functions of such genes were themselves the subject of other sessions describing
the role of noncoding RNAs in gene regulation.[6]

The challenge of testing all possible single nucleotide polymorphism (SNP)
interactions on a genome-wide scale was highlighted by Marylyn Ritchie[7]
of Vanderbilt University: Just testing 3 SNPs at a time from a 500,000-SNP
array -- small by today's standards -- results in 2 x 1016 tests, which
strains most computational systems: Analysis of 5 SNPs at a time, given 1
second of computing time per test, would take more than 8 x 1018 years! A
practical solution is to test candidate genes for epistatic effects, but the
selection of candidates depends on some knowledge of the underlying biology of
the disorder, which too often is still unknown.

New Technologies and Gene Identification
"Next-generation" massively parallel sequencing has made sequencing of a
full genome much cheaper and faster than it was in the days when the human
genome was being sequenced, but the cost is still out of the range of most
research and clinical studies. Some have suggested extracting the "exome,"
or protein-coding regions, and sequencing only this much smaller amount of
DNA. Alternatively, linkage or SNP association studies of a disorder can
identify genomic regions that are likely to contain important genes -- and
sequencing just these regions is probably more affordable.

These new technologies have enabled researchers to identify a wide range
of genes for complex disorders that help to shed light on the pathogenesis
of disease. Examples include the identification of 3 genes that influence
stuttering, all of which are in lysosomal pathways and thus may be amenable
to therapy[8]; identification of mutations in the gene coding for the
connective protein fibrillin 1 in thoracic aortic aneurysms and dissection,
independent of its causation of Marfan syndrome[9]; identification of a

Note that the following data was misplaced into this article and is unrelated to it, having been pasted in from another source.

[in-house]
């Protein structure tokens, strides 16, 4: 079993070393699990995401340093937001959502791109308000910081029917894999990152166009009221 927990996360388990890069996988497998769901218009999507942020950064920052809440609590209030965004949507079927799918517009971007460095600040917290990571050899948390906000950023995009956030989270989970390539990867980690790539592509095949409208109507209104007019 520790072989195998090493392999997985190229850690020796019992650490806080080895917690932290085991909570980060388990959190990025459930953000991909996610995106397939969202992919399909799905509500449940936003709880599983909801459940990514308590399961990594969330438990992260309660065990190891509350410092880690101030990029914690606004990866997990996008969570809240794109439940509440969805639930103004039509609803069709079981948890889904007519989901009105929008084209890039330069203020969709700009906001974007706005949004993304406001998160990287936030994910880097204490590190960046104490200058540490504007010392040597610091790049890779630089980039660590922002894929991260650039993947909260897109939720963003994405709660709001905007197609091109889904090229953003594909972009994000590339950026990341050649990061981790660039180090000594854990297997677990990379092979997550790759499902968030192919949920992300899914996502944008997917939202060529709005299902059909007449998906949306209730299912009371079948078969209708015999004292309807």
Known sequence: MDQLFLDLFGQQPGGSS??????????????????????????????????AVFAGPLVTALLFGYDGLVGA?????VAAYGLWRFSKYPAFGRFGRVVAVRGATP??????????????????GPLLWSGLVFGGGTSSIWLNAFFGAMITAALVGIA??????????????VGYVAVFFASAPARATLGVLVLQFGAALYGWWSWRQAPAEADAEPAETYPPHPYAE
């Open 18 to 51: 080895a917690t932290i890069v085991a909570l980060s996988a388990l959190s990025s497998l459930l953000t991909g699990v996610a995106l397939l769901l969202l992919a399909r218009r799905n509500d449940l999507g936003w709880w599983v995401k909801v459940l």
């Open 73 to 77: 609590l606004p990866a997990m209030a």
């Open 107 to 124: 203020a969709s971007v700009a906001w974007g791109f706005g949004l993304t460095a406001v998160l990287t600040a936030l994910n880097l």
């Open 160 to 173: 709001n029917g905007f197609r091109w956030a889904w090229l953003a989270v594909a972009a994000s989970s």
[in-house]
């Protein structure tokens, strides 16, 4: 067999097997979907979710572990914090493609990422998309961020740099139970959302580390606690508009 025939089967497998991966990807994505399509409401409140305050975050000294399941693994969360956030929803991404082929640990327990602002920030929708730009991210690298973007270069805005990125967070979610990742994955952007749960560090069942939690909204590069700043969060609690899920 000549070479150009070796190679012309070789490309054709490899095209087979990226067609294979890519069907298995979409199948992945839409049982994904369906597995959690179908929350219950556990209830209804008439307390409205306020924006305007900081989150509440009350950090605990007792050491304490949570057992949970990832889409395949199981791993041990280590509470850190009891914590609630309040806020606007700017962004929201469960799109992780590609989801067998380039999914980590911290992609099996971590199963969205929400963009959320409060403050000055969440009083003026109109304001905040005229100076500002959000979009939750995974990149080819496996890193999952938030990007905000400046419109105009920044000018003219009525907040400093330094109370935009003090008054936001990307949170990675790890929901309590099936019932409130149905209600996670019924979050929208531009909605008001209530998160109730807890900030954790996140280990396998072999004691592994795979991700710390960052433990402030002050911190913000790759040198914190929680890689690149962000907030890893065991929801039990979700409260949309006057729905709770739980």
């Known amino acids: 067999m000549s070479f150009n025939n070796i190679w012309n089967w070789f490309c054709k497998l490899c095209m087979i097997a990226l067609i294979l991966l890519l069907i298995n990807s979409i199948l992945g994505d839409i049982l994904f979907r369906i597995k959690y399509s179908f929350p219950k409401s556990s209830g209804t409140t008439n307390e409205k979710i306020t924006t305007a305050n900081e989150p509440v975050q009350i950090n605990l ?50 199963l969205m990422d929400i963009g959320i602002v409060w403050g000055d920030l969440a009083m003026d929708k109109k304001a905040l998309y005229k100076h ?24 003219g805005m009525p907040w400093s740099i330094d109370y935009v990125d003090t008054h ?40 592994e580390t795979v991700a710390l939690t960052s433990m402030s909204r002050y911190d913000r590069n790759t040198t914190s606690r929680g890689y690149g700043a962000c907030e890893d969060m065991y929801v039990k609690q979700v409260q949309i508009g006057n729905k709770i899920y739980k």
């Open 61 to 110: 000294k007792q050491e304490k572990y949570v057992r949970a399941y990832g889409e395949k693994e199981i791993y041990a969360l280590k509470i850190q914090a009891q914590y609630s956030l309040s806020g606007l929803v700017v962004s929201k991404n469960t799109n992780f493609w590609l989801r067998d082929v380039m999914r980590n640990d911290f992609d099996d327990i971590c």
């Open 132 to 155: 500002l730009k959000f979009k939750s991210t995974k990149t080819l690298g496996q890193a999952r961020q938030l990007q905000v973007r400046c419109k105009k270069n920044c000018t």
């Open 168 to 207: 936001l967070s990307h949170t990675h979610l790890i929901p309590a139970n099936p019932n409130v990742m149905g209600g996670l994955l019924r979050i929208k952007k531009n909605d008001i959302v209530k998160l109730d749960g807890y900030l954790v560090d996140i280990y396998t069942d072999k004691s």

dinucleotide repeat in the promoter of the gene DYPSL2 that confers risk for
schizophrenia through its effects on axon growth[10]; and mutations of the
X-linked gene PTCHD1 in families with autism or intellectual disability that is
in the Hedgehog pathway of developmental signaling genes.[11]

Type 2 diabetes, otherwise known as "the geneticists' nightmare," has had
at least 42 risk loci identified through genome-wide association studies,
and, as Michael Boehnke[12] of the University of Michigan noted on behalf of
his colleagues, these studies have contributed to the knowledge of the
biology of this disorder by demonstrating that most of the genes are involved
in pancreatic B-cell dysfunction rather than insulin function.

Finally, further illustrating the advances in gene identification made
possible by these new technologies, Mark Hannibal and colleagues of the
University of Washington in Seattle used exome sequencing to discover the MLL2
gene that underlies most cases of Kabuki syndrome. MLL2 is a histone
methyltransferase and is therefore involved in the epigenetic regulation of other
genes. This finding confirms the autosomal dominant nature of the syndrome
and provides a means of molecular diagnosis. Further studies will define the
genes that are regulated by MLL2 and that cause the craniofacial features
developmental delays associated with Kabuki syndrome.

Epigenetic Regulation
The role of epigenetic regulation in clinical disorders, an emerging area